Celebrating nurses’ and midwives’ role in bringing health services to everyone, everywhere

Ministry of Health Israel

Nurses and midwives make up the majority of the health workforce worldwide. Each year for a week, beginning with International Day of the Midwife on 5 May and culminating in International Nurses Day on 12 May, we celebrate their huge contribution to health in the WHO European Region.

This year, WHO/Europe has again gathered quotes and stories from midwives and nurses across the Region. Each has a unique perspective to share. From Israel we hear how nurses lead emergency response in a trauma centre, while from Sweden we learn how midwives are training bilingual doulas to improve outcomes and experiences of pregnancy and birth for migrant women.

When the roads are impassable in Voronezh Region, Russian Federation, Nurse Evgenia Tkalya walks to visit her patients. Nurse Svetlana Zelyanina in Vologda Region, Russian Federation, says patients’ smiles “make us nurses the happiest people in the world”.

Nurses closing gaps in universal health coverage

The theme of this year’s World Health Day, and of an ongoing WHO campaign, is universal health coverage – something that cannot be achieved without nurses and midwives. Two volunteer nurses for the Danish Red Cross relate their experience of helping to bridge the health-care gap for those who find themselves undocumented and unable to access health care. Many other stories cover the breadth and scope of what a career as a nurse or midwife can become, whether that means decades on a maternity ward or a path into research.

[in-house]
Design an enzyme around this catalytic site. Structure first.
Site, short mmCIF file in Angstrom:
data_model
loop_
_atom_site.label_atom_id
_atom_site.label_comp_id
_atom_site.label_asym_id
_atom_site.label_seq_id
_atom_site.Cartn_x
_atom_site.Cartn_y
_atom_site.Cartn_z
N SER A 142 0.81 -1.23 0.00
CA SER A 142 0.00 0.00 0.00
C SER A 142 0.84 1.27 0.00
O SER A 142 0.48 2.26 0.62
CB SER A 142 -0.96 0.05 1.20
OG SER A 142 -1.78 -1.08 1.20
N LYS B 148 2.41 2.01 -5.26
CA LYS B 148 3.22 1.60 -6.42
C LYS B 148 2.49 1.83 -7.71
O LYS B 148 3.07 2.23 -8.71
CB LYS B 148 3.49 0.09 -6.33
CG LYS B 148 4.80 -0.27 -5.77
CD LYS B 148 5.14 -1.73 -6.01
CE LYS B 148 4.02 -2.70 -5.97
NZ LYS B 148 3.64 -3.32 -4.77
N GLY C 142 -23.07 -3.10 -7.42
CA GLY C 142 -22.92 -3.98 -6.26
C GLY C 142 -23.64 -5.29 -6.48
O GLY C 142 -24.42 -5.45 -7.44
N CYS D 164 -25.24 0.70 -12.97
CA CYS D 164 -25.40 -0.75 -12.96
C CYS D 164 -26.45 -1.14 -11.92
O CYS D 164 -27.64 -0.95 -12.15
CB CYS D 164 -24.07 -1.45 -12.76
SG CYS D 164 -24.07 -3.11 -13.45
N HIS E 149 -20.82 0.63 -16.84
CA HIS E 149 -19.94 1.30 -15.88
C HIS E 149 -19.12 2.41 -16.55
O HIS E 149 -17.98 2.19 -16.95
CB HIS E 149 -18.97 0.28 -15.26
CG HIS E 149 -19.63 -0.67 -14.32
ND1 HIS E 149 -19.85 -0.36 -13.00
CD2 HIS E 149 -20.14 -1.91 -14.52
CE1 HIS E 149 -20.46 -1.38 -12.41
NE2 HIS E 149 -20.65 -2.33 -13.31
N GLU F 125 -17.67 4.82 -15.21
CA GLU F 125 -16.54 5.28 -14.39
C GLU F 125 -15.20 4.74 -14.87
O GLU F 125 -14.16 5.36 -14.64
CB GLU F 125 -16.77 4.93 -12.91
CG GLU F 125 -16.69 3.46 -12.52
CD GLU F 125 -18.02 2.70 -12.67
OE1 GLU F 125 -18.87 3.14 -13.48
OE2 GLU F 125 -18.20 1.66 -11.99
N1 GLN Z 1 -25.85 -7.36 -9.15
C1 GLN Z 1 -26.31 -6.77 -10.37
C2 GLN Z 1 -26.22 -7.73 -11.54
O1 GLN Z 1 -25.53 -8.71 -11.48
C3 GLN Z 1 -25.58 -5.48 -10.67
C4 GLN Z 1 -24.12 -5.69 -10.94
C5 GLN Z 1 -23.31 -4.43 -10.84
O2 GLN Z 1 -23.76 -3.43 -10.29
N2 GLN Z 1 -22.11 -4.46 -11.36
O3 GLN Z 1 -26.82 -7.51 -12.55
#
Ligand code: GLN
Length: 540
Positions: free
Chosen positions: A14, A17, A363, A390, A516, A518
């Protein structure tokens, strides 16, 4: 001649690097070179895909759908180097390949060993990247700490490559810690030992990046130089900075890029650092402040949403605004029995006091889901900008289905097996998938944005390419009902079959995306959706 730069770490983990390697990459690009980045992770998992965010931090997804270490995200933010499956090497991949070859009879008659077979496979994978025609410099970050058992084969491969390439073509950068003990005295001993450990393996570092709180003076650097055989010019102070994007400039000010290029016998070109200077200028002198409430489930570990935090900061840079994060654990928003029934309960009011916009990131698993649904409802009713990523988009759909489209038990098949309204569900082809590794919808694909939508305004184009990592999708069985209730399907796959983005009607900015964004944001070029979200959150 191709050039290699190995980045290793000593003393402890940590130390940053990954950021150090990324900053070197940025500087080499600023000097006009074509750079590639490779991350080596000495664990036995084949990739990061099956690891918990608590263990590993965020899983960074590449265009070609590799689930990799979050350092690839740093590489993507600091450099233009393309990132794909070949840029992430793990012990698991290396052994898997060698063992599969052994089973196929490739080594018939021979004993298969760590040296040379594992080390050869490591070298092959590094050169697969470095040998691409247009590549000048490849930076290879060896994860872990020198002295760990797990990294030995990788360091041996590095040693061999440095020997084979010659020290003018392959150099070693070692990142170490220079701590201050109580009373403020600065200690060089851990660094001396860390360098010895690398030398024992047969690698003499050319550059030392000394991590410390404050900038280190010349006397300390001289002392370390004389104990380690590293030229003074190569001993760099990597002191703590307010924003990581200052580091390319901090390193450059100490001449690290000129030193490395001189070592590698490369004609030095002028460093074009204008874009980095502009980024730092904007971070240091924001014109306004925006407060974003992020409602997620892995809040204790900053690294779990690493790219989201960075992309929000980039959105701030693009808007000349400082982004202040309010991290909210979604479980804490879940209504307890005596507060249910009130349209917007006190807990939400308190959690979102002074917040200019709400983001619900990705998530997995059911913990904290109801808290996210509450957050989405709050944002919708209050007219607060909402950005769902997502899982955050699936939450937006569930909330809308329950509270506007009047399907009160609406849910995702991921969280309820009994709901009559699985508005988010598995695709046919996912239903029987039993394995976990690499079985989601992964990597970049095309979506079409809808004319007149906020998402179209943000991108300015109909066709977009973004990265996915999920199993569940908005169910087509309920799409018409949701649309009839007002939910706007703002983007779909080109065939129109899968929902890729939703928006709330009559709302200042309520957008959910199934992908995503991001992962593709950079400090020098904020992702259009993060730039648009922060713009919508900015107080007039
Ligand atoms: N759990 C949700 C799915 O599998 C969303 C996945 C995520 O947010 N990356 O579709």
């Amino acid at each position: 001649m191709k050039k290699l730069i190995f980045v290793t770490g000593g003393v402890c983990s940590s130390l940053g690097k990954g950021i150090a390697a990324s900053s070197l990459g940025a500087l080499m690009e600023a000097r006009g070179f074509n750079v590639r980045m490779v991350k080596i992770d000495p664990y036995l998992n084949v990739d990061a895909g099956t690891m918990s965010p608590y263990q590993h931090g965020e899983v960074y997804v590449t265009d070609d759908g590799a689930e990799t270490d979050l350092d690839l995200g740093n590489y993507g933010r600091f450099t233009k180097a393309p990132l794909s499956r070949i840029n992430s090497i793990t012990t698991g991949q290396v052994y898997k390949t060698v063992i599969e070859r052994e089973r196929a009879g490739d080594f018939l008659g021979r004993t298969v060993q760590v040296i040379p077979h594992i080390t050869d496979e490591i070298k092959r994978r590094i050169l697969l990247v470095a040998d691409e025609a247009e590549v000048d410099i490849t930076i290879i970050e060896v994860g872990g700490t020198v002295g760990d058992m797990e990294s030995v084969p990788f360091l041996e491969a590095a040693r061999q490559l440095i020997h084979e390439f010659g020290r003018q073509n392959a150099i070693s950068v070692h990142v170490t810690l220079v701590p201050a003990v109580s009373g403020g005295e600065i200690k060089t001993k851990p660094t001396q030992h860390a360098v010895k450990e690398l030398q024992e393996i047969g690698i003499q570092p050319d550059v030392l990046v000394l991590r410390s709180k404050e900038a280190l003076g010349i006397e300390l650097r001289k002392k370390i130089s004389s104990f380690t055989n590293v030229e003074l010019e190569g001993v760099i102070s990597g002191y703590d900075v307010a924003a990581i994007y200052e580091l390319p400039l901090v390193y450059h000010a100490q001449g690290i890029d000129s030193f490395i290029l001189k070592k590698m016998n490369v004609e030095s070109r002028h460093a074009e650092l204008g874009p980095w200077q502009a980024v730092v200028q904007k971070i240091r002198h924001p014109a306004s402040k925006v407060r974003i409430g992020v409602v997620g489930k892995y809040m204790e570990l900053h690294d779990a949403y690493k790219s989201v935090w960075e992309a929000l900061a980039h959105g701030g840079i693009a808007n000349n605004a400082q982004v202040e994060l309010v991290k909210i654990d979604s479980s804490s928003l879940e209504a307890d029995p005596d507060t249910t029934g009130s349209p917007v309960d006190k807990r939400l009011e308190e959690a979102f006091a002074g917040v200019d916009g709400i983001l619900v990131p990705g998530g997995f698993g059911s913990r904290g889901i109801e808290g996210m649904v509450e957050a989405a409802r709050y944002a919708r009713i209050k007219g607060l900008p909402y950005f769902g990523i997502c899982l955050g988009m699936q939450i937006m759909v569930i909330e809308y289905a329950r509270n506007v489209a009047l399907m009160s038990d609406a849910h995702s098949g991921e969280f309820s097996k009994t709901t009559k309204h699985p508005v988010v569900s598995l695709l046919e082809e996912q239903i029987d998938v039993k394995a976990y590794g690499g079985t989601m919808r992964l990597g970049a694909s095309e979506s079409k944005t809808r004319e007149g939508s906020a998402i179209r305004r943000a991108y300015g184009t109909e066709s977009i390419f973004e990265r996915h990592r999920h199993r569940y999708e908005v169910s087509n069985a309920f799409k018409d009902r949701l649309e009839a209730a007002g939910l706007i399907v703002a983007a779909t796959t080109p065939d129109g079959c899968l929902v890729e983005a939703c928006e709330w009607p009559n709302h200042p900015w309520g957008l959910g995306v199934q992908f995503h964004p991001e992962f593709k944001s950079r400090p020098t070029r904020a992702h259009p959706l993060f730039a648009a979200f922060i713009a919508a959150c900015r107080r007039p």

There are an estimated 7.3 million nurses and midwives in the Region, but this is not enough to meet current or future needs. As the health needs of the Region change, with growing numbers of older people who often need long-term care, nurses become an increasingly important part of the response. Yet a decreasing number of young people are choosing to train in the field of nursing, and many eastern European countries are losing their health professionals to western European countries.

WHO/Europe is committed to supporting Member States’ implementation of the European strategic directions for strengthening nursing and midwifery towards Health 2020 goals, launched in 2015. Professional associations are also key partners in advocating for progress towards ensuring that care is patient-centred, that standards of care are as high as possible and that outcomes are improved for patients. Nursing and midwifery are a central focus of WHO collaborations with ministries of health to raise awareness of the need to recruit, train and empower nurses and midwives.